This manual is a how-to-guide for prospective competitive trail, endurance and ride & tie competitors. You'll find 36 pages of insightful information covering the following topics:
Words of Wisdom: Veterans Speak
Resources / Sources of Helpful Information
Distance Ride Organizations
Distance Equipment Checklist
It addresses the most critical information a person will need to enjoy themselves and have a safe, as well as competitive, experience. The horse's safety is always paramount in distance sports, and the information provided reflects this concern. The AHA distance ride family encourages you to get involved with these fast-growing sports.
The distance rider has numerous options from beginner rides at the local level to world endurance events sponsored by international equestrian organizations. Whether a rider prefers a relaxed and casual day with friends, or a grueling, extreme sport, there is a place for every kind of rider.
Distance riding is not an exact science. Like other horse activities, there are varied opinions regarding training, ride strategy, riding technique and form, equine nutrition and breed selection. One fact to note is that although different breeds participate in distance riding sports, Arabians are popular because they have shorter, stronger backs that allow them to carry substantial weight in comfort and large nostrils and windpipe for greater lung capacity. Arabians also tend to exhibit greater bone density and hoof quality with better shock absorption. Their hooves are actually more dense and larger, helping them to stay sound longer than other breeds. In addition, the lighter muscling dissipates heat and lactic acid more readily than other breeds.
The motto endorsed by many distance riders, "To Finish is to Win," means that completion of a competitive trail or endurance ride and bringing a horse to the finish line "fit to continue" is an exhilarating reward unto itself.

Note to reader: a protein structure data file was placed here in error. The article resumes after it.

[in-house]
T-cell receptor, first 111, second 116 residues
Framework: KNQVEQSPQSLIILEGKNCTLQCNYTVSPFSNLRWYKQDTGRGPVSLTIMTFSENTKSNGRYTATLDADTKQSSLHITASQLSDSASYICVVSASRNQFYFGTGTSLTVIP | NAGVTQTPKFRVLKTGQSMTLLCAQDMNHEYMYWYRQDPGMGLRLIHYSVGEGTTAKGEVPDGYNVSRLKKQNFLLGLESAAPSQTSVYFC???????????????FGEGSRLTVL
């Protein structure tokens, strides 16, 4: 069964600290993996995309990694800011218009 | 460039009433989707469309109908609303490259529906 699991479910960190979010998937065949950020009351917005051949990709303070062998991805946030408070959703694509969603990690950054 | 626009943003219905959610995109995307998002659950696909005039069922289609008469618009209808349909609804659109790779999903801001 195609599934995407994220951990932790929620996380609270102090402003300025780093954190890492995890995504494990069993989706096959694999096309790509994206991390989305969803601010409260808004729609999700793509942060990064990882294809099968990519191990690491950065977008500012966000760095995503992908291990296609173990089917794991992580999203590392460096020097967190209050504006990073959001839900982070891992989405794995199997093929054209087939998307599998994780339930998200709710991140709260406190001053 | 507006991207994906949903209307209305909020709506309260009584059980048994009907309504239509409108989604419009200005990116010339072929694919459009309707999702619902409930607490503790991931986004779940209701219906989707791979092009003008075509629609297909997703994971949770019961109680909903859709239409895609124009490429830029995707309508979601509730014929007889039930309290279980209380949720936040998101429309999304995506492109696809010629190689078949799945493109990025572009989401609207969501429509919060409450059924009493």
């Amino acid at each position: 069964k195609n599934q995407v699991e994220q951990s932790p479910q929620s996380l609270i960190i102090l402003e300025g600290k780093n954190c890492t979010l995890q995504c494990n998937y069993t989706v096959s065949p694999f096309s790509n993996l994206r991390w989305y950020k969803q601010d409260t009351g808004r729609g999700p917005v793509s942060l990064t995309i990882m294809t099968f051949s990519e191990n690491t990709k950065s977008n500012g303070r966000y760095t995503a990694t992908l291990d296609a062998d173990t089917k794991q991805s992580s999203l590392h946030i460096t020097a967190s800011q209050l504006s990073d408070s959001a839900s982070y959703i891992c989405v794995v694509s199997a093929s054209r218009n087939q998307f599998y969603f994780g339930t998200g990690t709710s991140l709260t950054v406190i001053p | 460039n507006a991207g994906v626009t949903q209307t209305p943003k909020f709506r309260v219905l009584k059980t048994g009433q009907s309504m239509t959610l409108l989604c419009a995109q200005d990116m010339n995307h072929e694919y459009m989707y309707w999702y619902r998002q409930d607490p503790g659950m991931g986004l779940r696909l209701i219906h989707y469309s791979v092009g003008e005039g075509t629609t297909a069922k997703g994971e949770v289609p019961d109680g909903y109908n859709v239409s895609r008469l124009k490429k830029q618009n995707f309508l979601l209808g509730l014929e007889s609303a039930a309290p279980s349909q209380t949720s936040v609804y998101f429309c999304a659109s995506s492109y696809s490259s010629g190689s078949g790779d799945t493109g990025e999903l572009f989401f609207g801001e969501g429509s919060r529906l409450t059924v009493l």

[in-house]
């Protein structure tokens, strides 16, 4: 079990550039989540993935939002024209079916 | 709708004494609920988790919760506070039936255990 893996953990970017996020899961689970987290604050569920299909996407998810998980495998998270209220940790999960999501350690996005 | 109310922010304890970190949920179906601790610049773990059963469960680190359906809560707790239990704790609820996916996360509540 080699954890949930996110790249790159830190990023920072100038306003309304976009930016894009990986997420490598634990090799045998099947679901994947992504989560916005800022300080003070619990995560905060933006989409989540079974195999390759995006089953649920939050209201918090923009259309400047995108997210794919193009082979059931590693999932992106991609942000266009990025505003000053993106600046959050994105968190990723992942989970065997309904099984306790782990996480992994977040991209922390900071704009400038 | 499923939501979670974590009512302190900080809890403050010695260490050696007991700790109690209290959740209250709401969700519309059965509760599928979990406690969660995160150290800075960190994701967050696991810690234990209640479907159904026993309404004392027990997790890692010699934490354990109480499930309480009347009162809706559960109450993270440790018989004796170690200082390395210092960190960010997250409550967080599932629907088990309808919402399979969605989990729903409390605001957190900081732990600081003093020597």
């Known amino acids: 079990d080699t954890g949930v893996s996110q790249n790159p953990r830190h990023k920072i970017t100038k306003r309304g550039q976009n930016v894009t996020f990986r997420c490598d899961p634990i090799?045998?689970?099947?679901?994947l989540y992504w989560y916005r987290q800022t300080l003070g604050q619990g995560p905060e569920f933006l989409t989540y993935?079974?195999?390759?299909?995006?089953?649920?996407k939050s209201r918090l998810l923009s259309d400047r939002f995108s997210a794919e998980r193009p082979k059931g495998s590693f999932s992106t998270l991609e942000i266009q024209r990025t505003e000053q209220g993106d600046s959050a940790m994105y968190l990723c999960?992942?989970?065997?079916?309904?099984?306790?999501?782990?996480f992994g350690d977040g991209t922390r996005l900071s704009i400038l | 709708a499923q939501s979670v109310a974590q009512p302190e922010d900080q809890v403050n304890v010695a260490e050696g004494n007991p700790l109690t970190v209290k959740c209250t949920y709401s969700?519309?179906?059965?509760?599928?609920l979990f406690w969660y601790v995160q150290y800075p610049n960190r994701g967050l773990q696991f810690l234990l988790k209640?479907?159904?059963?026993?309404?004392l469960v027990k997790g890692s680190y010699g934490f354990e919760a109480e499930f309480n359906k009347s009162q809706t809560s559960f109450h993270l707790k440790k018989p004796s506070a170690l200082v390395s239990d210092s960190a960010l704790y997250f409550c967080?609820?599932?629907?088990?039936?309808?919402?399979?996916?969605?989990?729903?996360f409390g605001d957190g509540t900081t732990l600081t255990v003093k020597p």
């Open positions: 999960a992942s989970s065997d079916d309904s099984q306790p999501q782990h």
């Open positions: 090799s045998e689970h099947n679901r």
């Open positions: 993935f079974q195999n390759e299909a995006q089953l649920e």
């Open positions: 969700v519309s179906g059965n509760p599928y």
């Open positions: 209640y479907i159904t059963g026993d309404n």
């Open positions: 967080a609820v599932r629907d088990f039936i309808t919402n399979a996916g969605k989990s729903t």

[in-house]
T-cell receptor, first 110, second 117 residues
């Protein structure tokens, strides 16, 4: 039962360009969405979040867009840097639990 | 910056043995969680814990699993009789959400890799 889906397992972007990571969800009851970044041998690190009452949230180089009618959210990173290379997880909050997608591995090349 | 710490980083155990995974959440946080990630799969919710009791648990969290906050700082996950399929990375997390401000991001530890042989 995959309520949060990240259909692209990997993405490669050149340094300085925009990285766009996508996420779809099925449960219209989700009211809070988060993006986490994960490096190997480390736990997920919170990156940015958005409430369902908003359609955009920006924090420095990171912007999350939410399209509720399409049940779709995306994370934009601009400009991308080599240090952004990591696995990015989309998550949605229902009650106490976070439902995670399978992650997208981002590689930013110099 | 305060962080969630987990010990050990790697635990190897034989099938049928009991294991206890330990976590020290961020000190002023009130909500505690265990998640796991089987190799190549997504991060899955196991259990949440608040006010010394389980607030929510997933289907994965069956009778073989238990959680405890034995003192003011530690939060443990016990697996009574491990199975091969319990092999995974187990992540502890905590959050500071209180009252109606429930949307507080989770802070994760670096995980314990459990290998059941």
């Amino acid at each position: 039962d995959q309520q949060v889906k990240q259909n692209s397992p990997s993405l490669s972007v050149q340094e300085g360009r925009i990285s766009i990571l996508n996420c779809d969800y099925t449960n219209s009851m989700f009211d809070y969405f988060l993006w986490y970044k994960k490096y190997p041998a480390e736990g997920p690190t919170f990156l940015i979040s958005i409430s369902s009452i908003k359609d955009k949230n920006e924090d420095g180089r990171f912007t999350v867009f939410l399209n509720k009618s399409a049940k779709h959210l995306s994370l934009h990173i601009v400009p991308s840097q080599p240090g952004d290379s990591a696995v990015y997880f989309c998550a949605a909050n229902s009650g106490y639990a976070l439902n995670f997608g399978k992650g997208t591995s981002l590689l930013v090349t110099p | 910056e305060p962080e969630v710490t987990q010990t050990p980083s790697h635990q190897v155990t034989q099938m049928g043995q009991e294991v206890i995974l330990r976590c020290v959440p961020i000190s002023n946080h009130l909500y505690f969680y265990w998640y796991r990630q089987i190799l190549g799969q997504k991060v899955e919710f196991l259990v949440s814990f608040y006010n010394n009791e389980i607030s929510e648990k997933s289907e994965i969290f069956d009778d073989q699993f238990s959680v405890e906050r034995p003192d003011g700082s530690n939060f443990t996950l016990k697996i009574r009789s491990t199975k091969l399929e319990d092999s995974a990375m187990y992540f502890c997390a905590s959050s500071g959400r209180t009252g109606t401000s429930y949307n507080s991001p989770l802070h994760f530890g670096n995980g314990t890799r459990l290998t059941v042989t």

You're invited to join this special community of incredible horses and the people they inspire.
Distance Riding Origins
Originally, man could move from place to place only by foot. With the domestication of the horse, he dramatically increased the distance he could travel. With the invention of the internal combustion engine, followed by the mass production of the automobile, horses no longer were needed for travel.
As a consequence, the horse population in North America rapidly declined, along with the knowledge of caring for this living transport provider. The United States Cavalry had, by necessity, perfected its equine knowledge, including saddlery, riding procedures and veterinary care for horses traveling many miles a day. With the mechanization of the Cavalry, this source of knowledge was scattered. Care of the horse being ridden long distances is still extremely important, especially if the rider needs his or her mount fit and strong to continue down the trail.
Besides the ability to move rapidly over a variety of terrain, horses also provided man with companionship. Currently, many people have found caring for and riding horses excellent recreation. The horse population has increased, as various equestrian sports and activities have evolved, including riding on trails for pleasure and in competition. These activities require horsemen to condition their mounts for participation. This conditioning includes not only hours of riding, but also good equine care, preventative medicine and proper nutrition.